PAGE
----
Achieving management and program-delivery efficiency Previous commitment Reduction in poverty for those living in countries in which CIDA engages in international development

Why is this a priority?

Operational excellence and efficiency are critical for the successful delivery of CIDA's mandate. Positioning a critical mass of CIDA's workforce closer to program delivery will result in better harmonized, aligned, and coordinated investment strategies and decisions, increase opportunities to leverage resources with other development stakeholders, and strengthen accountability. It will also ensure that necessary skills are placed in the field and in headquarters. Simplifying processes will result in increased responsiveness and transparency of aid delivery. Efficiency in management and program delivery will serve to maximize and sustain programming results.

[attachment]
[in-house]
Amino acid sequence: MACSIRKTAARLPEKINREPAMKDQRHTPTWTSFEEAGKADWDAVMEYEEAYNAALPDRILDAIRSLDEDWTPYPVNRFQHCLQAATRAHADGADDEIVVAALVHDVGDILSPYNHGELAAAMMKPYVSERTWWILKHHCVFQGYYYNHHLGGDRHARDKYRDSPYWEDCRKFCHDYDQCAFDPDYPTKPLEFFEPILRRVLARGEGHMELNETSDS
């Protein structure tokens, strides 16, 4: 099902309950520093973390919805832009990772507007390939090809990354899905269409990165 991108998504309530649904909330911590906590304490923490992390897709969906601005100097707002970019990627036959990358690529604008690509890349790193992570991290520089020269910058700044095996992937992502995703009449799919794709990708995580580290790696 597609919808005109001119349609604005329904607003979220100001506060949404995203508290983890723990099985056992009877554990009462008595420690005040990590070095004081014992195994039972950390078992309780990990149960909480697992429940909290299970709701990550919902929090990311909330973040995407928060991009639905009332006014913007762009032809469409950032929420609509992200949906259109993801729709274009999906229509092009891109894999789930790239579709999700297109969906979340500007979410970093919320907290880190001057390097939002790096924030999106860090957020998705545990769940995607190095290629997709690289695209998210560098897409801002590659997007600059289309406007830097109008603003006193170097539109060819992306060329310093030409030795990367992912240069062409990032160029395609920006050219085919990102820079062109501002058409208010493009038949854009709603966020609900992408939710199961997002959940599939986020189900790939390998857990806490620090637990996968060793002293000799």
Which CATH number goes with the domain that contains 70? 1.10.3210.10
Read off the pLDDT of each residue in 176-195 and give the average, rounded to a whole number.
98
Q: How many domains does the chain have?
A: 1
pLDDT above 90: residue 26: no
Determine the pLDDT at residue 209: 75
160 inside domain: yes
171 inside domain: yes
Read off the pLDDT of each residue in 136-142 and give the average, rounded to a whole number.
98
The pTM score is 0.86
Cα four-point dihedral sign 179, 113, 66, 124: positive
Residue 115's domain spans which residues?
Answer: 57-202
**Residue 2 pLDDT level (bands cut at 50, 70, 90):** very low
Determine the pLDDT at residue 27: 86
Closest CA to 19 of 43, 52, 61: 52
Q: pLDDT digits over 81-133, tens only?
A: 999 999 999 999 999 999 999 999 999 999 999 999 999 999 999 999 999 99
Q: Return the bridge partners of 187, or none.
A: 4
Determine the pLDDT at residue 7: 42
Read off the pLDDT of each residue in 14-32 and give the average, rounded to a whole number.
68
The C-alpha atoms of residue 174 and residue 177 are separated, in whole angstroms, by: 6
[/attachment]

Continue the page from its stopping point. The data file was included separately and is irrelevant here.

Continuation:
Plans for meeting the priority

CIDA will carry out a series of activities to meet this priority within the context of the Agency's Business Modernization Initiative (BMI). BMI will continue to transform the way the Agency delivers programs by, for example, decentralizing 4 country programs in 2012-2013 (Peru, Tanzania, Mozambique and Ethiopia), and streamlining and standardizing program-delivery processes. CIDA will support excellence in people management and strive to be a workplace where people feel respected and valued.

Risk Analysis